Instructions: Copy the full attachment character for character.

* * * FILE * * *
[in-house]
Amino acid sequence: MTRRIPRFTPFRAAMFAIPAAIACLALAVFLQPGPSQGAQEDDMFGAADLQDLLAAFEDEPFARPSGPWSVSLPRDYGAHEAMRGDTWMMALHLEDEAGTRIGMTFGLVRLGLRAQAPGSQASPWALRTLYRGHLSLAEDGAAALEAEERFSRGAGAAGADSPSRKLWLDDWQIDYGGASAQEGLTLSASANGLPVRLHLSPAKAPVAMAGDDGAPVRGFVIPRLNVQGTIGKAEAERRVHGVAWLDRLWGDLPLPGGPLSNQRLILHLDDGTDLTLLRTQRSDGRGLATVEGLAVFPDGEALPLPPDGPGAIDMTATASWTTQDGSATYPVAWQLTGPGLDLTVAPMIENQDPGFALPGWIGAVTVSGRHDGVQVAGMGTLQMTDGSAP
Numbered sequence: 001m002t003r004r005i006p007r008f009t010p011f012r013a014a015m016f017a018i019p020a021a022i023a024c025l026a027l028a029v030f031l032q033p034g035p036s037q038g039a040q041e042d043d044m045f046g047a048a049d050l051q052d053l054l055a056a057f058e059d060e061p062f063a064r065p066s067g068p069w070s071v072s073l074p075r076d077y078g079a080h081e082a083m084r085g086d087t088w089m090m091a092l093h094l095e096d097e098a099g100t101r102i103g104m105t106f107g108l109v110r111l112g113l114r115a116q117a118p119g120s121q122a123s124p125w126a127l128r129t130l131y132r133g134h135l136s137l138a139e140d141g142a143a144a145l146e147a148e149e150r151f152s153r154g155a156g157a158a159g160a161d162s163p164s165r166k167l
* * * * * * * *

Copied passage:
[in-house]
Amino acid sequence: MTRRIPRFTPFRAAMFAIPAAIACLALAVFLQPGPSQGAQEDDMFGAADLQDLLAAFEDEPFARPSGPWSVSLPRDYGAHEAMRGDTWMMALHLEDEAGTRIGMTFGLVRLGLRAQAPGSQASPWALRTLYRGHLSLAEDGAAALEAEERFSRGAGAAGADSPSRKLWLDDWQIDYGGASAQEGLTLSASANGLPVRLHLSPAKAPVAMAGDDGAPVRGFVIPRLNVQGTIGKAEAERRVHGVAWLDRLWGDLPLPGGPLSNQRLILHLDDGTDLTLLRTQRSDGRGLATVEGLAVFPDGEALPLPPDGPGAIDMTATASWTTQDGSATYPVAWQLTGPGLDLTVAPMIENQDPGFALPGWIGAVTVSGRHDGVQVAGMGTLQMTDGSAP
Numbered sequence: 001m002t003r004r005i006p007r008f009t010p011f012r013a014a015m016f017a018i019p020a021a022i023a024c025l026a027l028a029v030f031l032q033p034g035p036s037q038g039a040q041e042d043d044m045f046g047a048a049d050l051q052d053l054l055a056a057f058e059d060e061p062f063a064r065p066s067g068p069w070s071v072s073l074p075r076d077y078g079a080h081e082a083m084r085g086d087t088w089m090m091a092l093h094l095e096d097e098a099g100t101r102i103g104m105t106f107g108l109v110r111l112g113l114r115a116q117a118p119g120s121q122a123s124p125w126a127l128r129t130l131y132r133g134h135l136s137l138a139e140d141g142a143a144a145l146e147a148e149e150r151f152s153r154g155a156g157a158a159g160a161d162s163p164s165r166k167l